Does Boris Johnson's munificence know no bounds? He says we can have bread!

Bow down to your squires and say hello to Victorian philanthropy 2.0

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The Independent Online

So London Mayor Boris Johnson – whose declared 2012 earnings of £1.3m put him firmly in the country’s richest one per cent - has placed himself in the corner of the average earner. And he’s chosen to do so in his column for the Telegraph. You know, the one for which he dismissed his £250k pay packet as ‘chicken feed’.

The offending article appeared in yesterday’s Telegraph and espoused that: “there is no point in wasting any more moral or mental energy in being jealous of the very rich”. As is his style, he made his stake to being a Man Of The People with slippery logic, gussied up in characteristically whimsical style. “I wonder – as the rest of us have wondered down the ages – whether you can really expect to be any happier for having so much dosh.” He explains he’s talking about the "very, very rich" - the double emphasis presumably making a distinction with himself as merely "very rich"?

His argument would remain in the realm of laughable, had he left it there. But he quickly crosses over into something more sinister: “we should be offering them [the ‘very, very rich’] humble and hearty thanks”. Because, he says, these are the people who are “always the first target of the charity fund-raisers” and “who put bread on the tables of families”. Bread! Lucky us! Now bow down to your squires - and say hello to Victorian philanthropy 2.0.

Waving the wand of free-market utopianism over wealth distribution, Johnson is trying to conjure up the idea that if we rollback the state, individual altruism will rise up to fill the gaps – and we’ll all be freer to boot.  From early talk of ‘Big Society’, it’s an ideologically ingrained idea. Except, of course, it has been shown over and again to be based on unsound logic.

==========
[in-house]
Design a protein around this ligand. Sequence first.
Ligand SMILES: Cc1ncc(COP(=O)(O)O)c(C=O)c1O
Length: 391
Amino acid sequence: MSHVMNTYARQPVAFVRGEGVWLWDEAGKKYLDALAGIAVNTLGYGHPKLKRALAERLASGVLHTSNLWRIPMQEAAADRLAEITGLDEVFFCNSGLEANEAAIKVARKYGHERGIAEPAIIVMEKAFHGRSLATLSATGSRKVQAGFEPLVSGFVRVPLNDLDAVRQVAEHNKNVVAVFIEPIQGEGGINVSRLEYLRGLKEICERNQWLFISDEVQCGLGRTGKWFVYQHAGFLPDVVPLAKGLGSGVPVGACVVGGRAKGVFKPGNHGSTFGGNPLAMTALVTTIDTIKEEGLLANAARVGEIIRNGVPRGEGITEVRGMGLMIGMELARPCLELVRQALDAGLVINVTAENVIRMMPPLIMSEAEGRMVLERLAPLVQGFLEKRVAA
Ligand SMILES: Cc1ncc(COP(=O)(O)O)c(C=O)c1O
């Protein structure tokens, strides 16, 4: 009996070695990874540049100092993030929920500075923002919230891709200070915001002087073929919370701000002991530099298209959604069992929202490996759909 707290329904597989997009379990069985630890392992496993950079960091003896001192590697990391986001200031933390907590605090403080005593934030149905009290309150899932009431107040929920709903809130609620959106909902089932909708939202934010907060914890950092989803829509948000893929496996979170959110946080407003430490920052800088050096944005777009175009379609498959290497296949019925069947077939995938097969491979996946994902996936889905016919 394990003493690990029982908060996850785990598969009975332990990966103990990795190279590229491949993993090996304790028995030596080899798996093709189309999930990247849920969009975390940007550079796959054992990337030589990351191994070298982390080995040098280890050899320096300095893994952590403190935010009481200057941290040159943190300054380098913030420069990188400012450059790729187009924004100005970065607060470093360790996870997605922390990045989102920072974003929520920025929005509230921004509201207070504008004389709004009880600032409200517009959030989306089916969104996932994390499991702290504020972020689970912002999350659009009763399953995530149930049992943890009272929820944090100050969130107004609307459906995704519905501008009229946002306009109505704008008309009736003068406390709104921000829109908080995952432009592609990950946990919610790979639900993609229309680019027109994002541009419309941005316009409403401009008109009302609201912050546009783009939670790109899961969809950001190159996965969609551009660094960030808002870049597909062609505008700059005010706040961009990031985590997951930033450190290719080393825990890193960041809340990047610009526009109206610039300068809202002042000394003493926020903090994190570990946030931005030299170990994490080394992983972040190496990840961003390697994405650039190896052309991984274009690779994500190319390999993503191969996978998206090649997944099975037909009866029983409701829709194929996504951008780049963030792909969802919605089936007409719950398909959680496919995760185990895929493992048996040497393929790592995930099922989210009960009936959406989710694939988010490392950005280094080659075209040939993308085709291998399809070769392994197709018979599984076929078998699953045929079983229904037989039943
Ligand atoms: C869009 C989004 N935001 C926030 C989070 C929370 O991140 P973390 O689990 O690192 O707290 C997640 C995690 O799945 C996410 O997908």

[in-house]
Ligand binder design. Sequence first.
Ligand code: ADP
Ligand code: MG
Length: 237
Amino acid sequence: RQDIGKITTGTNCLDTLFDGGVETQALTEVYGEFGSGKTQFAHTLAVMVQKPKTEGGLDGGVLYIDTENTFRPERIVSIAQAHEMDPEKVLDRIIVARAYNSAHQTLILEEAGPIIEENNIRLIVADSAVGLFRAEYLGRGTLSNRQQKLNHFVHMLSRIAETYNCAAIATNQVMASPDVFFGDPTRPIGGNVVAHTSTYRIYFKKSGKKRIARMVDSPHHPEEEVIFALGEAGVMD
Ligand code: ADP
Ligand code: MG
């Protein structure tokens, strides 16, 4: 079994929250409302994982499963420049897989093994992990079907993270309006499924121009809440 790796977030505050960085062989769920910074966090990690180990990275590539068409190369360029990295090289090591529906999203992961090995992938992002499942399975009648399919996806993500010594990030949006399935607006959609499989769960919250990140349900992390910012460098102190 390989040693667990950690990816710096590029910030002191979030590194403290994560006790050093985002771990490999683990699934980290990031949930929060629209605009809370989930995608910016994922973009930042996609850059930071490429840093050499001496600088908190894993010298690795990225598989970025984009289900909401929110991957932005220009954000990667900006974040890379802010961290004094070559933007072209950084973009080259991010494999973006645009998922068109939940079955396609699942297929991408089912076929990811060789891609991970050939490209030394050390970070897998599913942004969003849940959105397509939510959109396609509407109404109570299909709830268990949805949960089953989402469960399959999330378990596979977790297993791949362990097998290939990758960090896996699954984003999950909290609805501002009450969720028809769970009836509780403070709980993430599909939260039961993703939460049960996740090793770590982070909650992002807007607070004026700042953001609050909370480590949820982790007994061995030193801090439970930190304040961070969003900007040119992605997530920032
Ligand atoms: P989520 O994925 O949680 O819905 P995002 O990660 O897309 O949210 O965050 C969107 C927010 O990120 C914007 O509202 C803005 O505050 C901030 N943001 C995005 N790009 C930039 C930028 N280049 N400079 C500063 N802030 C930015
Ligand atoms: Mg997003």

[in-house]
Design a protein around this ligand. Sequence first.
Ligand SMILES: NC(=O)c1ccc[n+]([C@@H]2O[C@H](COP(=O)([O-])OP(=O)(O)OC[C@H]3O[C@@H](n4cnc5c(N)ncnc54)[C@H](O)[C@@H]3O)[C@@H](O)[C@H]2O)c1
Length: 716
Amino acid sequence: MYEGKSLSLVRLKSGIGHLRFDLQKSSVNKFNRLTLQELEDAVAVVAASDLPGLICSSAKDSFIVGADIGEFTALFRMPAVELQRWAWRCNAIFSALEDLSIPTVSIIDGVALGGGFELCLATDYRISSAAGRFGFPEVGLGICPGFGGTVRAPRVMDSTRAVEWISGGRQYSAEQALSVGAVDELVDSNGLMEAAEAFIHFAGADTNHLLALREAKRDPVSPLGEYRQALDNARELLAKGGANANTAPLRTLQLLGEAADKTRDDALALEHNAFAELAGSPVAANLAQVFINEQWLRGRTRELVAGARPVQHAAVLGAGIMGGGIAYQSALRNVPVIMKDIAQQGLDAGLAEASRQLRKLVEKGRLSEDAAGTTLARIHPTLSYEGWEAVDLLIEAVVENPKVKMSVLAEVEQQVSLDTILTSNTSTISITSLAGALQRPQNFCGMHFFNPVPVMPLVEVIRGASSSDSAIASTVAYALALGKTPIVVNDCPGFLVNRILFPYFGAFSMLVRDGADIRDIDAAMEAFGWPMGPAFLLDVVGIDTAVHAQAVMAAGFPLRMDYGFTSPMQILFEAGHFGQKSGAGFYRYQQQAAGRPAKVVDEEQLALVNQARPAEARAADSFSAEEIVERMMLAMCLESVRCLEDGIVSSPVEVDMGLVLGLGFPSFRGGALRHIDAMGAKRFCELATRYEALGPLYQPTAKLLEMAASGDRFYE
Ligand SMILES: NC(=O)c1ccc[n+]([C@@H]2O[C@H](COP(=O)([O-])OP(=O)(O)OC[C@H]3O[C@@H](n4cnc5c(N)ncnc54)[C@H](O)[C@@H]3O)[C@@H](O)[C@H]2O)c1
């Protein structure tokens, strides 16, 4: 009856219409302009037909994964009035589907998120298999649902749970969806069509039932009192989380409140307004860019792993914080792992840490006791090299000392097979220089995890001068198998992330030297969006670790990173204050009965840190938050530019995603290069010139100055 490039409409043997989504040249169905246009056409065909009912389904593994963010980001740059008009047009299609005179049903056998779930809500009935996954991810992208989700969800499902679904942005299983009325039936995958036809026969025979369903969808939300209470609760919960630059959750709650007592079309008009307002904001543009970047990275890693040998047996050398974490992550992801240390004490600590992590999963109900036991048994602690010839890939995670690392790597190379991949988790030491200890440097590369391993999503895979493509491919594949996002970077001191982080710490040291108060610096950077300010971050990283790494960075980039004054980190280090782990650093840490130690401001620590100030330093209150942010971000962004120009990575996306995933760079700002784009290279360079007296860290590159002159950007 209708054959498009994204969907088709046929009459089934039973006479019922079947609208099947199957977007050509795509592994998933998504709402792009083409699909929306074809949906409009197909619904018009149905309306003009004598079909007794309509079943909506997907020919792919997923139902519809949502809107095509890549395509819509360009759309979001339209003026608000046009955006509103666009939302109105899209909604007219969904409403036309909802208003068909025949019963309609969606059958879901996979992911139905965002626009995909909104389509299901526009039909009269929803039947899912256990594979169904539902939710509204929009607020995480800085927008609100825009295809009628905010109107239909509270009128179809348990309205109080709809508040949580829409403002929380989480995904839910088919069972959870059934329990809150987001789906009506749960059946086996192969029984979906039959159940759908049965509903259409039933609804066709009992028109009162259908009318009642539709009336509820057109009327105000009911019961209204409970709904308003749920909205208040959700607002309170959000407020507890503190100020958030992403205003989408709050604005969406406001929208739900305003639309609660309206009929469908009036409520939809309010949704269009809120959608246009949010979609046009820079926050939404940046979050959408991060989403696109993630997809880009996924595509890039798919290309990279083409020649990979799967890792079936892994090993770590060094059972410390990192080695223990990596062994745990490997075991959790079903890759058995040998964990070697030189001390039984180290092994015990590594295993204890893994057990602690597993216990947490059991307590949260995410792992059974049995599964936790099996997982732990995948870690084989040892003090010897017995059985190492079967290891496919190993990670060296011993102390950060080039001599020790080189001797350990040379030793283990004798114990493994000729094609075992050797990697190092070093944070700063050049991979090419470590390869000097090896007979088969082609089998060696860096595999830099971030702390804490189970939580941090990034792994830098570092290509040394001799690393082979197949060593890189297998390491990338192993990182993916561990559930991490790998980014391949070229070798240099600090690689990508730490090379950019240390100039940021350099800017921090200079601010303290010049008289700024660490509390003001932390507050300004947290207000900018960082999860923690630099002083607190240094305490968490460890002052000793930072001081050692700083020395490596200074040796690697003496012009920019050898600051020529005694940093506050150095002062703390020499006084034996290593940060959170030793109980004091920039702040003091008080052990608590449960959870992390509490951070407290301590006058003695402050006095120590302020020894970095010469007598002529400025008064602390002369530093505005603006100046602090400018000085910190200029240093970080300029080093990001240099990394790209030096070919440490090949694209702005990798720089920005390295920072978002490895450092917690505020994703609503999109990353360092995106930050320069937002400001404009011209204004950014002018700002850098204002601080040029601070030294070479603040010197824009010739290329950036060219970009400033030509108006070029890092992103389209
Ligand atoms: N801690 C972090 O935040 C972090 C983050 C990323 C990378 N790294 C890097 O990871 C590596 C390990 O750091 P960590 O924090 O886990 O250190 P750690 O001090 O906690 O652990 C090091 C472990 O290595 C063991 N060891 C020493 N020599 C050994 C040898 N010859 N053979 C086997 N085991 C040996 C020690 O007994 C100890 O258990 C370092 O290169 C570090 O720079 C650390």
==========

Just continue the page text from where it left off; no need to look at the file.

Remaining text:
Before we all start grovelling at the feet of the super-rich (‘More bread! More bread!’), and put them completely in charge of wealth redistribution instead of democratically elected representatives, it makes sense to cast our eyes across the Atlantic - as well as back to Dickens’ London. Johnson said just last month this is where we should seek inspiration for a future model of philanthropy. The US is very proud of the amount that its citizens - encouraged by tax breaks - give to charity: 88 per cent of households make charitable donations, with annual average donations per household of $2,213.

In comparison, in the UK, we feel the onus more lies with the state to distribute wealth collectively, through taxation. Examining where donations go in the US, we get a sense of why the UK system might make more sense. The top two recipients of donations are churches and educational institutes - not social programs or housing trusts.

On the most recently published list of big donations, the recipients are almost unanimously elite institutions: The Metropolitan Museum of Art got a $1bn, while Ivy League universities get many, many multi-million donations from alumni. New York City mayor Michael Bloomberg, for example, pledged America’s third largest donation of this year of $350m to his alma mater John Hopkins University, which has named its School of Public Health after him. What’s more, statistics show that the poor in the US proportionally give far more of what they can afford than do the rich. As such, the American system of philanthropy propagates what is inarguably one of the most pressing issues facing both the US and UK: economic inequality.

In looking States-wards, Johnson gushed over Bloomberg, calling him “one of the great philanthropists of our age”.  But perhaps the London mayor should pay attention to the will of New Yorkers. Earlier this month, 72 per cent of the city’s citizens elected Democrat Bill de Blasio to replace Bloomberg, and with it, showed whole-hearted approval for his unabashedly tax-happy approach to the rich, the very rich – and the very, very rich.

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